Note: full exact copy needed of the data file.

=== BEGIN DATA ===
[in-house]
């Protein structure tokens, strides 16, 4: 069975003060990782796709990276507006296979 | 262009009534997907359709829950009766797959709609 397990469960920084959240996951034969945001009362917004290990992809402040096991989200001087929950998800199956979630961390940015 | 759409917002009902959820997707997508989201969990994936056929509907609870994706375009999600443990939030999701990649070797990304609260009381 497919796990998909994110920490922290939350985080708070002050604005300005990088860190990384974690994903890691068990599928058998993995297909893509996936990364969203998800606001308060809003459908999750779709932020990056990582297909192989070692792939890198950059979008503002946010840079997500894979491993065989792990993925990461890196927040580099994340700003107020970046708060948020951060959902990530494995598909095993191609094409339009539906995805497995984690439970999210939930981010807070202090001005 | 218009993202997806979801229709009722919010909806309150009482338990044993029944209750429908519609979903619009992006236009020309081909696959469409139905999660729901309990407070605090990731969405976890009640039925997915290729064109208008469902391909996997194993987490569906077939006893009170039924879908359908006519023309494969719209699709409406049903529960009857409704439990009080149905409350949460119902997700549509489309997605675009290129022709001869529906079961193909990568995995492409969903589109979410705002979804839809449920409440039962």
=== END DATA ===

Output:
[in-house]
């Protein structure tokens, strides 16, 4: 069975003060990782796709990276507006296979 | 262009009534997907359709829950009766797959709609 397990469960920084959240996951034969945001009362917004290990992809402040096991989200001087929950998800199956979630961390940015 | 759409917002009902959820997707997508989201969990994936056929509907609870994706375009999600443990939030999701990649070797990304609260009381 497919796990998909994110920490922290939350985080708070002050604005300005990088860190990384974690994903890691068990599928058998993995297909893509996936990364969203998800606001308060809003459908999750779709932020990056990582297909192989070692792939890198950059979008503002946010840079997500894979491993065989792990993925990461890196927040580099994340700003107020970046708060948020951060959902990530494995598909095993191609094409339009539906995805497995984690439970999210939930981010807070202090001005 | 218009993202997806979801229709009722919010909806309150009482338990044993029944209750429908519609979903619009992006236009020309081909696959469409139905999660729901309990407070605090990731969405976890009640039925997915290729064109208008469902391909996997194993987490569906077939006893009170039924879908359908006519023309494969719209699709409406049903529960009857409704439990009080149905409350949460119902997700549509489309997605675009290129022709001869529906079961193909990568995995492409969903589109979410705002979804839809449920409440039962």